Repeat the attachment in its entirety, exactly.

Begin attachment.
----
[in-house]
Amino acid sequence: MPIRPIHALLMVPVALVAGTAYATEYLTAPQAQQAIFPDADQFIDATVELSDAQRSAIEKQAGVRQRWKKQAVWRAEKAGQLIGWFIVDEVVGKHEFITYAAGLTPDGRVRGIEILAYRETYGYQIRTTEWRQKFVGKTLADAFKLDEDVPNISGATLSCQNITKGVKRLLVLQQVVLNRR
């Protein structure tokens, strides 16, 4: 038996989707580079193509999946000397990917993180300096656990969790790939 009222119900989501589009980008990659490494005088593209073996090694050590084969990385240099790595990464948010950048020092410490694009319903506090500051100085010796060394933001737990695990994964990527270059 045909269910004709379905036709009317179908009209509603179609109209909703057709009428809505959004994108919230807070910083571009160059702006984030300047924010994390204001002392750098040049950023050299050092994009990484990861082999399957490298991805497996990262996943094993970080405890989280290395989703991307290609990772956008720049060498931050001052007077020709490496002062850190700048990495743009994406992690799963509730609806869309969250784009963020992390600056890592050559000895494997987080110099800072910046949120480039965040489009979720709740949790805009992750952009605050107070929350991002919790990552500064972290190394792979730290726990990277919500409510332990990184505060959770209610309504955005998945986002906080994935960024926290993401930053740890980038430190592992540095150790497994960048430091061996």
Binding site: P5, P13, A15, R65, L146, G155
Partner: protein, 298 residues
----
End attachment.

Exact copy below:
[in-house]
Amino acid sequence: MPIRPIHALLMVPVALVAGTAYATEYLTAPQAQQAIFPDADQFIDATVELSDAQRSAIEKQAGVRQRWKKQAVWRAEKAGQLIGWFIVDEVVGKHEFITYAAGLTPDGRVRGIEILAYRETYGYQIRTTEWRQKFVGKTLADAFKLDEDVPNISGATLSCQNITKGVKRLLVLQQVVLNRR
């Protein structure tokens, strides 16, 4: 038996989707580079193509999946000397990917993180300096656990969790790939 009222119900989501589009980008990659490494005088593209073996090694050590084969990385240099790595990464948010950048020092410490694009319903506090500051100085010796060394933001737990695990994964990527270059 045909269910004709379905036709009317179908009209509603179609109209909703057709009428809505959004994108919230807070910083571009160059702006984030300047924010994390204001002392750098040049950023050299050092994009990484990861082999399957490298991805497996990262996943094993970080405890989280290395989703991307290609990772956008720049060498931050001052007077020709490496002062850190700048990495743009994406992690799963509730609806869309969250784009963020992390600056890592050559000895494997987080110099800072910046949120480039965040489009979720709740949790805009992750952009605050107070929350991002919790990552500064972290190394792979730290726990990277919500409510332990990184505060959770209610309504955005998945986002906080994935960024926290993401930053740890980038430190592992540095150790497994960048430091061996």
Binding site: P5, P13, A15, R65, L146, G155
Partner: protein, 298 residues